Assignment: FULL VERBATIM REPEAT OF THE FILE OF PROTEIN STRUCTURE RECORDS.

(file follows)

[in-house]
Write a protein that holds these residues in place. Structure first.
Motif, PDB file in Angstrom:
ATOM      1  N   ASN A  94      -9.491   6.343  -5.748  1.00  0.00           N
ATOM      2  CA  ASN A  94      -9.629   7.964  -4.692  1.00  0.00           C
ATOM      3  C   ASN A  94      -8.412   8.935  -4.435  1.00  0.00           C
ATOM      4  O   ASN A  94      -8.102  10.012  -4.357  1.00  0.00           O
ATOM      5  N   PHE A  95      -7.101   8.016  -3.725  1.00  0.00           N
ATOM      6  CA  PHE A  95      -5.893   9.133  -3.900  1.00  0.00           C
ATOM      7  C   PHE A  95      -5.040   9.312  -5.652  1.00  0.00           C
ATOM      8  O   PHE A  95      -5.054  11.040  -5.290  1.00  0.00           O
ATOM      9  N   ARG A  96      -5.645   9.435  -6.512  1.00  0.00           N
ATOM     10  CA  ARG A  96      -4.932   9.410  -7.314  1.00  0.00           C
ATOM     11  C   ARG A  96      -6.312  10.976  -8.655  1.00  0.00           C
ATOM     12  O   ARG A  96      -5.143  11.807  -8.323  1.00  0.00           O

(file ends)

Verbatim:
[in-house]
Write a protein that holds these residues in place. Structure first.
Motif, PDB file in Angstrom:
ATOM      1  N   ASN A  94      -9.491   6.343  -5.748  1.00  0.00           N
ATOM      2  CA  ASN A  94      -9.629   7.964  -4.692  1.00  0.00           C
ATOM      3  C   ASN A  94      -8.412   8.935  -4.435  1.00  0.00           C
ATOM      4  O   ASN A  94      -8.102  10.012  -4.357  1.00  0.00           O
ATOM      5  N   PHE A  95      -7.101   8.016  -3.725  1.00  0.00           N
ATOM      6  CA  PHE A  95      -5.893   9.133  -3.900  1.00  0.00           C
ATOM      7  C   PHE A  95      -5.040   9.312  -5.652  1.00  0.00           C
ATOM      8  O   PHE A  95      -5.054  11.040  -5.290  1.00  0.00           O
ATOM      9  N   ARG A  96      -5.645   9.435  -6.512  1.00  0.00           N
ATOM     10  CA  ARG A  96      -4.932   9.410  -7.314  1.00  0.00           C
ATOM     11  C   ARG A  96      -6.312  10.976  -8.655  1.00  0.00           C
ATOM     12  O   ARG A  96      -5.143  11.807  -8.323  1.00  0.00           O